Wednesday, August 24, 2016

How to do it. Where to go. How to find out. Traveling Wingshooters!

bird dogs and bird hunting
New Mexico

So, the big decision's been made.  You are finally leaving the same old tried and true, and you're heading out into the great unknown.  It may be the other end of the state or the other end of the country- several states away.   Gutsy move, my friend!  It's a scary thing, for sure, but it needn't be. You can make it a lot easier on yourself and dogs, if you do a little (actually, a lot of) research before hand. 

Call the State Game People. They are DNR (Dept. of Natural Resources) in some states, Fish and Parks, Wildlife and Game, Moose and Goose.  Whatever they call themselves, I've noticed a neat trick. For example, if I want to go to Idaho, instead of looking up the appropriate name for the game people, I merely type ID DNR in the Google search strip and it will come up, regardless of the actual name!  It may not be the top one, but it'll be close. Makes it easy.  Ask to talk to a warden/officer/game officer/? and explain you would like info about hunting (fill in the blank bird) in their awesome state!  As a bonus, ask if you could talk to a game biologist who's also a bird hunter.  (Oh yeah! We are cooking now!). These guys are great sources of information about where to go, but don't even think to presume they'll tell you where they personally hunt.  I still hunt areas, recommended this way by biologists, from 15 years ago.  It doesn't hurt to talk a little bird dogging with them, either. They are bird hunters, too, and members of the club!  

Search for hunting in the state online.  You'll find numerous publications, just like this one, that will help immeasurably getting you mentally and physically ready for the demands of traveling to hunt in their area.  Here is one of my favorites:

bird dogs and bird hunting
North Dakota

Ask your hunting friends on Facebook or other groups.  One thing Facebook has done for me is expand my networking beyond anything I thought could happen.  As a member of a few Facebook groups, I have access to thousands of men and women who hunt all over the 50 states.  I've found that avenue to be full of promise. Again, most communication will be done off the main site via text or messenger and don't try to get the home covey information.  (It's a sure way to get shut down.)  Most guys are happy to help get you started and put you in a general area. 

When you find the area, call the local chamber of commerce. Yep, they have it happening and can direct you to motels, farmers that allow day hunting, guides, outfitters- all that stuff. In small towns, they know everyone and can steer you in the right direction.  You'd be amazed at the number of hunting friends I've met through that connection.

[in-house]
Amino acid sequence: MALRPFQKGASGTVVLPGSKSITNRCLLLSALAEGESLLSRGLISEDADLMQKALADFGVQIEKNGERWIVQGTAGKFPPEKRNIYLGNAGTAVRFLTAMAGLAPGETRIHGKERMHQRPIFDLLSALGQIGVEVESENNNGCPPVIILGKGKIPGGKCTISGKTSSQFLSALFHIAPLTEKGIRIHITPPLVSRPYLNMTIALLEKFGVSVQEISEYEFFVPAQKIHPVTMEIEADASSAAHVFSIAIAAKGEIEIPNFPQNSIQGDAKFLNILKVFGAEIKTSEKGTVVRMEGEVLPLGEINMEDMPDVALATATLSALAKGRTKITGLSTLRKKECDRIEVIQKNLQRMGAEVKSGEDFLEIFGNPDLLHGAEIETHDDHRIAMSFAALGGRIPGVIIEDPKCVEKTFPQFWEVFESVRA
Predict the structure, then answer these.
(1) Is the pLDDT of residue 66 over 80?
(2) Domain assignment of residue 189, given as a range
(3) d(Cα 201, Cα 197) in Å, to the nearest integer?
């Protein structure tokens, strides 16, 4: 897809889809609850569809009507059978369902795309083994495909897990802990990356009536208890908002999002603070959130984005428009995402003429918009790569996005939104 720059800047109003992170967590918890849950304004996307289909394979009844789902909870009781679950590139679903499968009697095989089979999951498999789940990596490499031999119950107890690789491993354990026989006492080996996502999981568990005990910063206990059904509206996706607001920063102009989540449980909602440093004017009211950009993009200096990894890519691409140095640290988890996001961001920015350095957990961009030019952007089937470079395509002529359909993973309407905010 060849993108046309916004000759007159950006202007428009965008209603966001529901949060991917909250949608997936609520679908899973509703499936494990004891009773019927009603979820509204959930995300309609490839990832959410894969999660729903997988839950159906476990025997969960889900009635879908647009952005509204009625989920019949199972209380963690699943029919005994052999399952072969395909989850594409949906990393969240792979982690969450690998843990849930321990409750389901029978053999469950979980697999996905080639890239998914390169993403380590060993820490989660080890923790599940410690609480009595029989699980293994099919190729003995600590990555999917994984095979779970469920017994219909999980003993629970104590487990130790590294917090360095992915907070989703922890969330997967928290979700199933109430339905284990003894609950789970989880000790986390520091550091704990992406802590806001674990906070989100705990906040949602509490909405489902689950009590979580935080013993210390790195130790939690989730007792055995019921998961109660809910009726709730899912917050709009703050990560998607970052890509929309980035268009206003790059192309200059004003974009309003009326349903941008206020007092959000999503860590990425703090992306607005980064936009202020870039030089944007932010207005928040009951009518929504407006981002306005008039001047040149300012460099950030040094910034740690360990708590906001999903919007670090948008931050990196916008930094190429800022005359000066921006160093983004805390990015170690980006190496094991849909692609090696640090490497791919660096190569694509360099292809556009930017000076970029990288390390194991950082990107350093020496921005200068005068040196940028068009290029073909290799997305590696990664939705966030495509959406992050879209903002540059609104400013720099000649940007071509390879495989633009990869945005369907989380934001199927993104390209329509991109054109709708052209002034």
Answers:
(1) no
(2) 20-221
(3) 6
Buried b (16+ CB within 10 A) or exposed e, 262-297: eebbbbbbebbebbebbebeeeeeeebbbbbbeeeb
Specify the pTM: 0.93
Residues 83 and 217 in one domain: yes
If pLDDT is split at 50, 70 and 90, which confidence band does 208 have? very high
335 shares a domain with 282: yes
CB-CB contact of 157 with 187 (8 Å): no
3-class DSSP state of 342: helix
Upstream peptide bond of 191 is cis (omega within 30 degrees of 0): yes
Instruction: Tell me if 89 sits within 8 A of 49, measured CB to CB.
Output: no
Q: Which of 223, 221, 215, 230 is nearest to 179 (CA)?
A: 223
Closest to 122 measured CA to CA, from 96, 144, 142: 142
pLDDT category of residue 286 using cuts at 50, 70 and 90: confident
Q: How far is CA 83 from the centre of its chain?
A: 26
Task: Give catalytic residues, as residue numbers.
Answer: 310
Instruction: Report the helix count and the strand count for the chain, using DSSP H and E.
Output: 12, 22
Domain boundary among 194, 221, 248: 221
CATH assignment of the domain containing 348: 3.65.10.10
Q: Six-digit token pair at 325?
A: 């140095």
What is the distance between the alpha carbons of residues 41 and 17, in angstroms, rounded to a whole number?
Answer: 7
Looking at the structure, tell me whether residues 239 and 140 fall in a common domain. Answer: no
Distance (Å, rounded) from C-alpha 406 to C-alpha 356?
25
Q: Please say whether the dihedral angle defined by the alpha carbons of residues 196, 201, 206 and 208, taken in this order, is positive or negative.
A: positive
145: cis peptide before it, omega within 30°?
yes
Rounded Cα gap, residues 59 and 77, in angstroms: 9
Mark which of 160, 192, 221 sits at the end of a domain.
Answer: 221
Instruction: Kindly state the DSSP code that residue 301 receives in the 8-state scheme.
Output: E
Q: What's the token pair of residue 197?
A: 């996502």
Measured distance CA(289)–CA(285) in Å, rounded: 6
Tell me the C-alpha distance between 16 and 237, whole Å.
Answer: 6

Here's a tip I use sparingly, but it reaps amazing rewards:  call the County Sheriff.  One year, I couldn't get anyone on the phone in a small town in North Dakota, hard up against the Canadian border.  Finally, I called the Sheriff (number in the phone book). It rang his house!  Long story short, he invited me to stay with him, and "you'll have more land to hunt than you can walk on a month", he told me.  Just recently, trying to get info on camper hookups in a remote Montana town, I couldn't get anyone.  I called the County Sheriff.  My first words were, "Hi, my name is Randy Schultz, and this is not an emergency."  I went on to explain my predicament and she (dispatcher) gave me 3 unadvertised camper sites with names and phone numbers (the best was water, power and sewer and showers for $10/night!).  Like I said, though, use it sparingly and only in towns with no stoplights, pull-in parking and a Main Street Cafe.

bird dogs and bird hunting

These are just a few ideas of how to get started. I know it's a scary thing to pack up Buster and Sissy and head out to great unknown with lions and tigers, and bears!  I still get a little nervous going to an area I've never hunted- especially by myself.  But, I've learned, in my senior status, that asking questions will open a bunch of doors!  I usually start by admitting I drove there from Georgia to hunt birds, and I was just wondering..........

bird dogs and bird hunting
Montana (Sage Grouse)

Saturday, August 13, 2016

I said I wouldn't do it.....I was wrong. Towing the camper to hunt!

I've always maintained that, at the end of the day, after 10+miles walking through sand, hills, corn stubble, rocks, wheat, swamp,etc. I would much rather hit the motel than the camper! 


I figured after feeding dogs, charging devices, eating dinner, walking dogs and putting them up, cleaning birds and getting ready for the next day, I would much rather hit a clean motel room. What I found was I liked having my own place-warm and ready to go.  I have all my clothing, food and "stuff" close at hand.  I can get all the dogs inside with me, or, at least, the dog who was "mentioned in dispatches for conspicuous behavior"!   I can relax, check the tube, take a shower and hit he rack while not worrying about bed bugs or how well this "no tell motel" was cleaned. 

The Hunt

So, here I go in late August. I'll be towing my Timber Ridge all the way to Idaho, hunting along the way out and on the way back.  I'm looking forward to it.  The only way this could be a better hunt is if my wife were coming along.....think I'll work on that.